All good things come to those….
The New Year provides an opportunity to draw a line under the previous year, but also look back at it as a nice neat period of time. As an SME manager there is a temptation to blog about the financial facts and figures of 2015 and how good the turnover was, economic recovery etc etc. So I will indulge this temptation just a little bit without boring the reader of this, our first blog on the long awaited new website.Well 2015 was our most successful year to date: our highest number of projects ever completed in a calendar year, our highest number of requests for quotations. Our company reached its largest yet (10 staff) and we moved premises to larger offices with a much better view than the Dublin City centre. Aebhin Cawley (Co-Director) gave birth to a bouncing baby boy and we won some fantastic projects around the country. And from what we heard from our colleagues in the industry it has been a very busy year for other ecologists too.
Q3-4 of 2014 – over a year ago now -witnessed a significant jump in the number of planning applications and pre-planning ecological services that we asked to quote for. Many of these clients were new kids on the block taking over pre-recession development projects that had stalled or failed to get planning permission in the years before the main dip in the economy. Whilst these sites may have lain undeveloped and blueprints for proposals mothballed until the economic and political climate improved, the standards of environmental protection and the implementation of EC legislation rolled on. In 2008, when the economy started to slide, Appropriate Assessment (Habitats Directive Assessment, HRA etc etc elsewhere- but in Ireland it is AA) was lurking mostly at the edges of major projects and only a handful of local authorities and consultants such as ourselves were dealing with the requirements in any serious manner. But as the recession took hold and the number of new applications (and hence EIAs) began to drop, it seemed that the focus shifted to AA. Many of the environmental “campaigners” saw the weakness in compliance with AA by both developers and public authorities and exploited it to the hilt. Like a lot of changes that have occurred to ecological assessment practice in Ireland over the last 20 years, it has been driven by a small number of legal cases either in the State or on the European stage. Nearly all have resulted in a disproportionate amount of head scratching, knee-jerking and teeth-gnashing by developers who started to see the escalation in the level of scrutiny being paid to ecological issues. Whilst the majority of the Celtic tiger developers got to grips with the challenges that these posed during recession times, many of these fell by the wayside or lay dormant until 2013-2014 when phoenix-like they arose from the ashes to re-start many of their projects. But some have now found themselves in a very different world to the one they previously worked in.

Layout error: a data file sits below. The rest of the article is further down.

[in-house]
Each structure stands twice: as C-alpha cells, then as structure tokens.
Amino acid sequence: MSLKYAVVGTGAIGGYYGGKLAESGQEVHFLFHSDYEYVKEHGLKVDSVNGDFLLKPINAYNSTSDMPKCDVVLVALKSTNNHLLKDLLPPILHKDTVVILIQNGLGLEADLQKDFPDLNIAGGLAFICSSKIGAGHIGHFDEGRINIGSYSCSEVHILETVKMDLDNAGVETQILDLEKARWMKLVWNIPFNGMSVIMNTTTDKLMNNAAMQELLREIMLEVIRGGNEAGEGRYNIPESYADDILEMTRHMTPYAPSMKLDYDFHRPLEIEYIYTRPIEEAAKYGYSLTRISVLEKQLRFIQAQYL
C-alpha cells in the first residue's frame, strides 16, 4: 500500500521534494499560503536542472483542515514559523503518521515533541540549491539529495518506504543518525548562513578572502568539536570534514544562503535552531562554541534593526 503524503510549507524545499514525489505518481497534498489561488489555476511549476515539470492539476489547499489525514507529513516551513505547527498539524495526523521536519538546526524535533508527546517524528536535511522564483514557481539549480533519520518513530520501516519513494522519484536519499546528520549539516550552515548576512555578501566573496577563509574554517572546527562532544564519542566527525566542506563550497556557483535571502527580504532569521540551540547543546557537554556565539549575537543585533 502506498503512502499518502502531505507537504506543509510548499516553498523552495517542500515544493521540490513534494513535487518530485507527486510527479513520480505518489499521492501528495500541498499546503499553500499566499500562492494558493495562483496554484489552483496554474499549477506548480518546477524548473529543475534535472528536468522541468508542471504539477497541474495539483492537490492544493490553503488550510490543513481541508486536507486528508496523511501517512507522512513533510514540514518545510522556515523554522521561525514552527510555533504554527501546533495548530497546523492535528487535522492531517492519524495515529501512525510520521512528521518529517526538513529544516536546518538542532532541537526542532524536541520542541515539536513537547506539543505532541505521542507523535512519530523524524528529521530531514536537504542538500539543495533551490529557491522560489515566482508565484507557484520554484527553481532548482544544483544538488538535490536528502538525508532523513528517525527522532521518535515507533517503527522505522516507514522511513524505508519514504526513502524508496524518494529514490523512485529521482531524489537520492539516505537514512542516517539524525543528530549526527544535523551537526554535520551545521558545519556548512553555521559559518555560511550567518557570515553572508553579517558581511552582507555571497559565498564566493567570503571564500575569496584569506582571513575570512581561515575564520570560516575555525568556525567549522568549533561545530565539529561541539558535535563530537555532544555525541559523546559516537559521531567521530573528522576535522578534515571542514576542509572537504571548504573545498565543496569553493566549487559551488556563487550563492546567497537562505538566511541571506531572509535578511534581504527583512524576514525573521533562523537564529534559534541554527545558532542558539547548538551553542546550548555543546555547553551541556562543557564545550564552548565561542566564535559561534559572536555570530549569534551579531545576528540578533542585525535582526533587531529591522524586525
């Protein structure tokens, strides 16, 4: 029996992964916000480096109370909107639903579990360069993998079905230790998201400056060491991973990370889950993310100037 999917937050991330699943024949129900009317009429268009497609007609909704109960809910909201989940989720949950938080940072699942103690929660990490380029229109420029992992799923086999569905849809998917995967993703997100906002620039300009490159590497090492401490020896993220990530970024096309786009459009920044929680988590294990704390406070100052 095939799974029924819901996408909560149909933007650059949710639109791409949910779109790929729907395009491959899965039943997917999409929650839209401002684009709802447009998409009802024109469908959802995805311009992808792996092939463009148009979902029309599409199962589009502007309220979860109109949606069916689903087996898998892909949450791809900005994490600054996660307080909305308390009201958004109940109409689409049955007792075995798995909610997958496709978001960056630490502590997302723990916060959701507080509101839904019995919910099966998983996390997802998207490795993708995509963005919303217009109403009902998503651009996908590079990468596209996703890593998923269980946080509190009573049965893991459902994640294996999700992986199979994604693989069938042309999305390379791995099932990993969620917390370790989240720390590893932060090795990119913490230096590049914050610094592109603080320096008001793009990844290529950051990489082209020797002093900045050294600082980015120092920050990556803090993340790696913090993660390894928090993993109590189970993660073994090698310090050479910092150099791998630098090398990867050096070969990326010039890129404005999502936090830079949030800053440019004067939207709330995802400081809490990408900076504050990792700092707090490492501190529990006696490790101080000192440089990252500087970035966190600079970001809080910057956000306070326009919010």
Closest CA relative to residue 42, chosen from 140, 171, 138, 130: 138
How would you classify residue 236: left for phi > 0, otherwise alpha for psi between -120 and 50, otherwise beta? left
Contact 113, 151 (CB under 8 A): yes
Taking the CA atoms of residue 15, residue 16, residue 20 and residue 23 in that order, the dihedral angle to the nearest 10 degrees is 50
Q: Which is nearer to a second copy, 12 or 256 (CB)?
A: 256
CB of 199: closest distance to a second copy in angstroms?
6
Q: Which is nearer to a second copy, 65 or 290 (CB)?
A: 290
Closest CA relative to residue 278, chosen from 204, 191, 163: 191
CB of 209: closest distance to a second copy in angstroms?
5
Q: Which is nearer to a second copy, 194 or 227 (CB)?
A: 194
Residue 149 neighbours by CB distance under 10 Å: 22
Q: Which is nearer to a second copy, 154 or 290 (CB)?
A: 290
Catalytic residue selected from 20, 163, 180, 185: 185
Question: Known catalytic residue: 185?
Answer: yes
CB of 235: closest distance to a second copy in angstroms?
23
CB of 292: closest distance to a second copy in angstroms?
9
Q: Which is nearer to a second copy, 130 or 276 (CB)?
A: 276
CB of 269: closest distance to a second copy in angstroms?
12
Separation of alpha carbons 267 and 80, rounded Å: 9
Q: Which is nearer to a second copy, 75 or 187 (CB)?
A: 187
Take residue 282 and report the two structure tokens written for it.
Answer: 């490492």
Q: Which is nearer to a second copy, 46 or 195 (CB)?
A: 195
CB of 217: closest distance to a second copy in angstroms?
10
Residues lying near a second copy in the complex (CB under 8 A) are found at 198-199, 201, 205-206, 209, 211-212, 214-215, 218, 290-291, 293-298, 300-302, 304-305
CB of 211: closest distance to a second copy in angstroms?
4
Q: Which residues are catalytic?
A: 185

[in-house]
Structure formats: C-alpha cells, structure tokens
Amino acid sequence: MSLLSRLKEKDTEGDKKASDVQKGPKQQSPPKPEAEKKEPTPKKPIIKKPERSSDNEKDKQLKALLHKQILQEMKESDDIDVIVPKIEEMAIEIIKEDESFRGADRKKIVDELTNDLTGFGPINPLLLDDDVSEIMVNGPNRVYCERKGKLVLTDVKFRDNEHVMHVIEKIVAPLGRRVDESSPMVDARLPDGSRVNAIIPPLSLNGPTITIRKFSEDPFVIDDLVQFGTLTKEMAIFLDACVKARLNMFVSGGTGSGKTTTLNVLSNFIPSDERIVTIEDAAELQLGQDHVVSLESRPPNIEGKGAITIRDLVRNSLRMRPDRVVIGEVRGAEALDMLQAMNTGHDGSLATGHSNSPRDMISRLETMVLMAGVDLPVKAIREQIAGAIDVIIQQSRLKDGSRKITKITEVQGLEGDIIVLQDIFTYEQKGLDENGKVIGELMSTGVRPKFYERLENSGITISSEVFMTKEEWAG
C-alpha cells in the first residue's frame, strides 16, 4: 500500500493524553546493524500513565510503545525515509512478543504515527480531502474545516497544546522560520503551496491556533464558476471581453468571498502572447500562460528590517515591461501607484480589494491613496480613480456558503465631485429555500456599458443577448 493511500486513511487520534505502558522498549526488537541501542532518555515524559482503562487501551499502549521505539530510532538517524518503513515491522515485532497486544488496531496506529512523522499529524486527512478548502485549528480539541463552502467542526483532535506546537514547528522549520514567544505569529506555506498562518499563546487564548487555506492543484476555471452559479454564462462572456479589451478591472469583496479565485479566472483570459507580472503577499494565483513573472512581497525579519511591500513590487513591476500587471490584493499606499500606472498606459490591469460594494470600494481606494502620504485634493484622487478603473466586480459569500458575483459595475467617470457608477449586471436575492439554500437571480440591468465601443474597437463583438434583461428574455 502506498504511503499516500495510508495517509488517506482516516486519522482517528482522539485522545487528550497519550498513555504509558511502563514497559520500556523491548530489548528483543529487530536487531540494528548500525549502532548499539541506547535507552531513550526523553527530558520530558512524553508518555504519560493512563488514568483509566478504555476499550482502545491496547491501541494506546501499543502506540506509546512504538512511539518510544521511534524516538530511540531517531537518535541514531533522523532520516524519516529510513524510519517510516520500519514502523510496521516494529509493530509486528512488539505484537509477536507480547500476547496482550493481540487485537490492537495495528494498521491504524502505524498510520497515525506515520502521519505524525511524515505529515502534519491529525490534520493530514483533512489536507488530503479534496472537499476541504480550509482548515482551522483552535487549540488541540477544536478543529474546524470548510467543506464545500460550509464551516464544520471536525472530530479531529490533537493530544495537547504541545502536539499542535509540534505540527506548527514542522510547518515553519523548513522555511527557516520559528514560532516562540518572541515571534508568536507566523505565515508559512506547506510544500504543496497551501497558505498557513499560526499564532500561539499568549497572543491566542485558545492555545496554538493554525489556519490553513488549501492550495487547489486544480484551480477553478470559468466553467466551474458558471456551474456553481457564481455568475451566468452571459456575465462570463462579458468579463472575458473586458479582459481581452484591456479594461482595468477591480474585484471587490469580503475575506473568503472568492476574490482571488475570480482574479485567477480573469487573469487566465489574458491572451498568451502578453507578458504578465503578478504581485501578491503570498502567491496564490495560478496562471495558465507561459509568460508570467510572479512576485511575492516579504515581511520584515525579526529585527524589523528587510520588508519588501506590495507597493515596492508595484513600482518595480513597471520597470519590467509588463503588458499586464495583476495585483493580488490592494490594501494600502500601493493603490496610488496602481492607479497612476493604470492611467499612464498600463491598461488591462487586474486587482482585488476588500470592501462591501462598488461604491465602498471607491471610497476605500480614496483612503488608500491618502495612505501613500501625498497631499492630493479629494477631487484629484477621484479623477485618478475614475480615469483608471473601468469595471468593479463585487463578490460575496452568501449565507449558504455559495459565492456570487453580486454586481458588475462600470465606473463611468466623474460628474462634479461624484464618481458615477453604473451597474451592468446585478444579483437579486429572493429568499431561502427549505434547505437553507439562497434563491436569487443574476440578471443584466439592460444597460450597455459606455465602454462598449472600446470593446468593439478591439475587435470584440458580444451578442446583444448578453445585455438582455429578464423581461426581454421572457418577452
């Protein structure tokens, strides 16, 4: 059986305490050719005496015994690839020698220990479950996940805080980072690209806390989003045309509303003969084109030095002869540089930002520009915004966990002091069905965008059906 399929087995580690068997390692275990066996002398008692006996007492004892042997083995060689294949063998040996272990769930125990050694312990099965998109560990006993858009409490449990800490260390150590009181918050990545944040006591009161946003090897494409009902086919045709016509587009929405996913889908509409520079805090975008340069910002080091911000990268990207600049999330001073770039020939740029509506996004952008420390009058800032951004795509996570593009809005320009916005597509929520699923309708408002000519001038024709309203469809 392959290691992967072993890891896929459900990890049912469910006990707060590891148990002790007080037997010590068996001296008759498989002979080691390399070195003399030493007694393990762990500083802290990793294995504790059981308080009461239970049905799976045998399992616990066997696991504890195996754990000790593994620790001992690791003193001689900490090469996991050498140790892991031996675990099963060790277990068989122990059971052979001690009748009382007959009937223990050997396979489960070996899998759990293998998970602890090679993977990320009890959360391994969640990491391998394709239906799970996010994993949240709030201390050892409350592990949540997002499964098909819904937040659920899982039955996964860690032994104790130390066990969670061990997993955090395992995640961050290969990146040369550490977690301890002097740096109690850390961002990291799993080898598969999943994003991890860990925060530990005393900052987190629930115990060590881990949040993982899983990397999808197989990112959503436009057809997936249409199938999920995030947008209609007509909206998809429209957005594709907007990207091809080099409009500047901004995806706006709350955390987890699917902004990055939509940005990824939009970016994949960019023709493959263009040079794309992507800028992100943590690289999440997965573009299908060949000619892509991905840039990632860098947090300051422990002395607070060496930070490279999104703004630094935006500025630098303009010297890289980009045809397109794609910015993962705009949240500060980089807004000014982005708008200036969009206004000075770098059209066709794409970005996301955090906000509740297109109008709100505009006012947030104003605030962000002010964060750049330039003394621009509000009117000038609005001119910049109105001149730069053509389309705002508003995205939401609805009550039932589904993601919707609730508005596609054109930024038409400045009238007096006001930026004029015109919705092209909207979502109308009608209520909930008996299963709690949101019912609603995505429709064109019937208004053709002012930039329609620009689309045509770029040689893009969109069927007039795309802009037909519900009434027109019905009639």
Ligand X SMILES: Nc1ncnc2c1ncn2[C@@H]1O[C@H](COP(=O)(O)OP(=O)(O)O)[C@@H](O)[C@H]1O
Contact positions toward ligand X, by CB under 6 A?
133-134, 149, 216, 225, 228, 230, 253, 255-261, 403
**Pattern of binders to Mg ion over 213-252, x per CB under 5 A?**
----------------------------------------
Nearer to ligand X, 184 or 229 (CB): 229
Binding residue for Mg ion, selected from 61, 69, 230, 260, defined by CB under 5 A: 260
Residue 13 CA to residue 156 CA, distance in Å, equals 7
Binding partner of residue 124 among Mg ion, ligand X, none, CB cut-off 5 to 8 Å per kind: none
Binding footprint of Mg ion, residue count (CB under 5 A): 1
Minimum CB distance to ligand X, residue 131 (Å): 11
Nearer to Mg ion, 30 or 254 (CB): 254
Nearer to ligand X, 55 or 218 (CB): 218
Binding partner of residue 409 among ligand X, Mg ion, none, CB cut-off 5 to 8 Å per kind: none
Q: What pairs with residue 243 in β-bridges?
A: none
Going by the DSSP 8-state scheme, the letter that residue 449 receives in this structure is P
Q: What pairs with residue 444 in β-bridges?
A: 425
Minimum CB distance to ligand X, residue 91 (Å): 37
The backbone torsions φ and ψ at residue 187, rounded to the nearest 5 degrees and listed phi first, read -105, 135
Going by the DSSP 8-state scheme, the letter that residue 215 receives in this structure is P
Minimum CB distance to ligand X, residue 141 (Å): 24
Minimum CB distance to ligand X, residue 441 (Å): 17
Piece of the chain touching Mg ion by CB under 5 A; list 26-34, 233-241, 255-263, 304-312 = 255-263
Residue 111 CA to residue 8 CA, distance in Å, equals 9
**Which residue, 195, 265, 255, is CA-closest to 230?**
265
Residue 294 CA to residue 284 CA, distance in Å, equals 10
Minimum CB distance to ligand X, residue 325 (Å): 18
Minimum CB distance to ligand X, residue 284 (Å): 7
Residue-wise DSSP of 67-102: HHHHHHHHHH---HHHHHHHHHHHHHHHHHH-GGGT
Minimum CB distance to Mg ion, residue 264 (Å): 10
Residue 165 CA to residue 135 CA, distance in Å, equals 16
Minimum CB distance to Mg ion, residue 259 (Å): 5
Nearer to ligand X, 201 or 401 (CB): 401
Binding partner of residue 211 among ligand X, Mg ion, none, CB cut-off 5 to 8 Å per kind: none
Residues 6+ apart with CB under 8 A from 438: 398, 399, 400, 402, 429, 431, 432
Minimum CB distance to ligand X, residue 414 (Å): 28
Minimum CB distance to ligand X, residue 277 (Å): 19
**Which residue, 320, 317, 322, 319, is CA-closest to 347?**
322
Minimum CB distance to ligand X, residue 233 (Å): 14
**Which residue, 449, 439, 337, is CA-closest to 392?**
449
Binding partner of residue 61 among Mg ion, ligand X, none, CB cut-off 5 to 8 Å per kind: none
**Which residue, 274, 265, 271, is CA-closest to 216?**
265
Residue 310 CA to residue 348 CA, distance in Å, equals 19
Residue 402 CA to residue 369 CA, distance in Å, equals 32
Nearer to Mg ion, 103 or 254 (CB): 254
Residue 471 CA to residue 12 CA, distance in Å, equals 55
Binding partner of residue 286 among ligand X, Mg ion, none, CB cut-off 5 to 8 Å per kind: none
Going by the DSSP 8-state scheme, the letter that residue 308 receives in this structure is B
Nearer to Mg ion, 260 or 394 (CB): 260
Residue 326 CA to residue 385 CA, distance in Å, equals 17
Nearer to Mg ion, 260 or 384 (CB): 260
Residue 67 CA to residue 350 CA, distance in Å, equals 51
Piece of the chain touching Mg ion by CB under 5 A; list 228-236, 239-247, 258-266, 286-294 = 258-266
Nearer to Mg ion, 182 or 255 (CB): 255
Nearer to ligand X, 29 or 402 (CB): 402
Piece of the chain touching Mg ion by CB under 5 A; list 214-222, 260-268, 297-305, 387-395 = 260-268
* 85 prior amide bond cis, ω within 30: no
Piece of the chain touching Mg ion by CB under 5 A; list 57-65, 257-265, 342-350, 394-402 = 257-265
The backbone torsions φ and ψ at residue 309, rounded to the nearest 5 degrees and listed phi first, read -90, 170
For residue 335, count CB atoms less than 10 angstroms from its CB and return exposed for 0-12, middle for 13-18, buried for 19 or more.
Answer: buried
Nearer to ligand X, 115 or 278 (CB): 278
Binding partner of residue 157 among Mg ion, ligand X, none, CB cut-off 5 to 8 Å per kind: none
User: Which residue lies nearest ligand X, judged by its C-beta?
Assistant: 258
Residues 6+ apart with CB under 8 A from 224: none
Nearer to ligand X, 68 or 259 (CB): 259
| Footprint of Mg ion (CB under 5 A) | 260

In 2012-13 we launched as range of AA training courses and trained well over 200 staff from local authorities, engineers, architects and consultants from other disciplines in a pretty short space of time. We had already anticipated the demand for this training but what we did not expect was for a need for training in biodiversity to non-ecologists and a need to train engineers, planners and developers in how to deal with ecologists in their development design and pre-planning stages. Slowly but surely the demand for this training has grown and we now have an effective set of training modules that we deliver to a range of companies. But there are still a lot of developers, planning consultants and local authority planning officers who are yet to fully understand the need to integrate ecology early in the process. Each new ECJ judgement brings a flurry of interest in the mot de jour whether it is IROPI, favourable conservation status, reasonable alternative, compensation or another new term with new definitions attached. Keeping pace with case law is a challenge and local authorities have few resource to keep up with the rate of change, it is a challenge for us too but our livelihoods and reputation depend on being ahead of the pack when it comes to such forces.
So whilst 2015 was our busiest year it was also the most challenging year for many of our clients in terms of getting permission in such a rapidly changing legal environment. 2016 looks like being just as tumultuous with decisions such as Killaloe Bypass being well overdue and other projects such as the N6 Galway City Transport Project entering the EIA stage. Watch this space……..regularly…
So here endeth our first blog on the new website and it has been a long time coming so yes, all good things do come eventually. We will be trying to post pieces that will be of interest to our clients both past, present and future, to our colleagues in the industry and to the professional ecologists of the future. If you have any requests for Blog topics for the future then please do not hesitate to send us a suggestion.